Investment Now is a global call to action and Uganda should not be left behind. Investing in nurses and midwives is no longer a debatable topic but instead a call to action to ensure quality patient outcomes and the resilience of health systems. The success of Investment Now could very well determine how well we recover from pandemics such as this one in the future. It will enable countries to achieve Universal Health Coverage and stronger economies. Without a healthy population, it is impossible to achieve a strong economy. The first step of Investment Now should be the meaningful engagement of nurses and midwives in policy discussions, formulation, and analysis. Uganda has about 70,167 nurses and midwives registered with the Uganda Nurses and Midwives Council. These numbers may be deceptive and it’s important to note that only 48,000 are in employment. Whereas we have made some strides in “pre-investment” activities, we have a very long way to go. In 2018, the Nursing Now campaign was launched to uplift the status of nursing and midwifery worldwide, with Uganda among the Pilot countries. As a country with more than 70,000 registered nurses and midwives comprising 75% of the health workforce, we must challenge ourselves to invest more in our own nurses & midwives, empower, uplift and motivate, and recognize their contribution towards the Health Sector.
For the Government of Uganda and all stakeholders, to achieve Universal Health Coverage, successfully battle Covid-19 and similar epidemics, we need to make deliberate efforts to invest in the nursing and midwifery sector. We offer five possible strategies to achieve this;
- Wide implementation of the schemes of service for nurses and midwives for better wages is a priority. This will incentivize nurses and midwives through the provision of a conducive and enabling policy framework and environment that will see nurses and midwives perform to their full potential.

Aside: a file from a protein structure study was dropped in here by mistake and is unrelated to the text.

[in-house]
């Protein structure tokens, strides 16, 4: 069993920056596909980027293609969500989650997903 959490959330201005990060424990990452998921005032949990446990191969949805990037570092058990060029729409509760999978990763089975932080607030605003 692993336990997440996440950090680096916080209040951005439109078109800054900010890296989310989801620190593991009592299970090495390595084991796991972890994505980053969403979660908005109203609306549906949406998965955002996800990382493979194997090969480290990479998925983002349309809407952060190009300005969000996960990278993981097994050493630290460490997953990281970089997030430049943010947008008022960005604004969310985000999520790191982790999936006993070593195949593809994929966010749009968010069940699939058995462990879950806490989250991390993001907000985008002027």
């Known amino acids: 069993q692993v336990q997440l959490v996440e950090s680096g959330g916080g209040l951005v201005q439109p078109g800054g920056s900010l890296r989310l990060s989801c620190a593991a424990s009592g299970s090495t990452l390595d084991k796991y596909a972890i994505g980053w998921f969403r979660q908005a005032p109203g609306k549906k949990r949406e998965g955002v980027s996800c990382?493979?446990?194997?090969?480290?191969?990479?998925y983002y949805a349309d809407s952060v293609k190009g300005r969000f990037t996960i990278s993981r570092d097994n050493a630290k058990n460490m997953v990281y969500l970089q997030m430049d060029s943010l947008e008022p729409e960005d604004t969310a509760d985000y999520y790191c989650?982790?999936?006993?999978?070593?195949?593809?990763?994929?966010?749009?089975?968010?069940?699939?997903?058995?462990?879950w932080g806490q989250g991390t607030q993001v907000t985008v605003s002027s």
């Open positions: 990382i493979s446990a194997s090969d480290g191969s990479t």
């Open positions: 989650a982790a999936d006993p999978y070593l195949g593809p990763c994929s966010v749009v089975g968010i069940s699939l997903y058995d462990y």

- Wide implementation of the schemes of service will enable bachelors prepared nurses and midwives to engage in direct clinical care and therefore improve the health outcomes of the Ugandan population.
- Take deliberate efforts to meaningfully involve nurses and midwives in leadership, policy formulation, and decision making at the national level at the ministry of health. This can be through appointments to leadership positions, actively seeking their contribution, and bringing them to the table for policy discussions and formulation. This will not only ensure feasible policy formulation but also wider and sustainable implementation.
- Fill available nursing and midwifery leadership positions as soon as they fall vacant. This will go a long way to strengthen leadership and advocacy of this sector. Leadership gaps create uncertainty, a lack of direction, vision, and accountability that is detrimental to the motivation, drive, and success of the profession.
- Initiate active recognition of nurses’ and midwives’ contributions to global health through positive media coverage and at the workplace of nurses and midwives to inspire the profession and improves public images. The example of Nurse Doris Okudinia, who wheeled a patient from a Health Centre IV to a Referral Hospital to save her life, comes to mind and such selfless acts from nurses should continue to be recognized and publicized.
Irene Atuhairwe Duhaga, BScN, MPH
Irene holds a Bachelor’s degree in Nursing and a Master’s degree in Public Health attained from Makerere University. She has fifteen years’ experience in Health programming with a focus on HIV and AIDS, Maternal Child Health and, Health Policy, and Human resources for Health. Irene is the Technical advisor for Nursing and Midwifery for Seed Global Health. She serves to lead the organization’s efforts in strengthening Nursing and Midwifery in Uganda through education, practice, and policy. She is passionate about strengthening the Nursing and Midwifery profession in Uganda, Health Systems Strengthening, Maternal and Neonatal Child Health as well as serving the most vulnerable populations especially women and children.
Tracy Kobukindo, BScN, MPH
Tracy Kobukindo is a Nurse and Public Health Specialist. She is an award-winning writer and an Advocate for Nurses and Midwives. She is a JNJ Scholar, Global Health Corps, YALI & Vital Voices Leadership Alumna. In the past, she worked in the development sector and in health programming. She co-founded Community Health Movement Uganda operating in Northern Uganda. Named as a “40-under-40 influential leader” in Uganda (2013, New Vision) Tracy is driven by the need to create innovative sustainable health solutions at both policy and service delivery levels in East Africa. A facilitator at heart, Tracy is crazy about Community Engagement and Community-Driven development.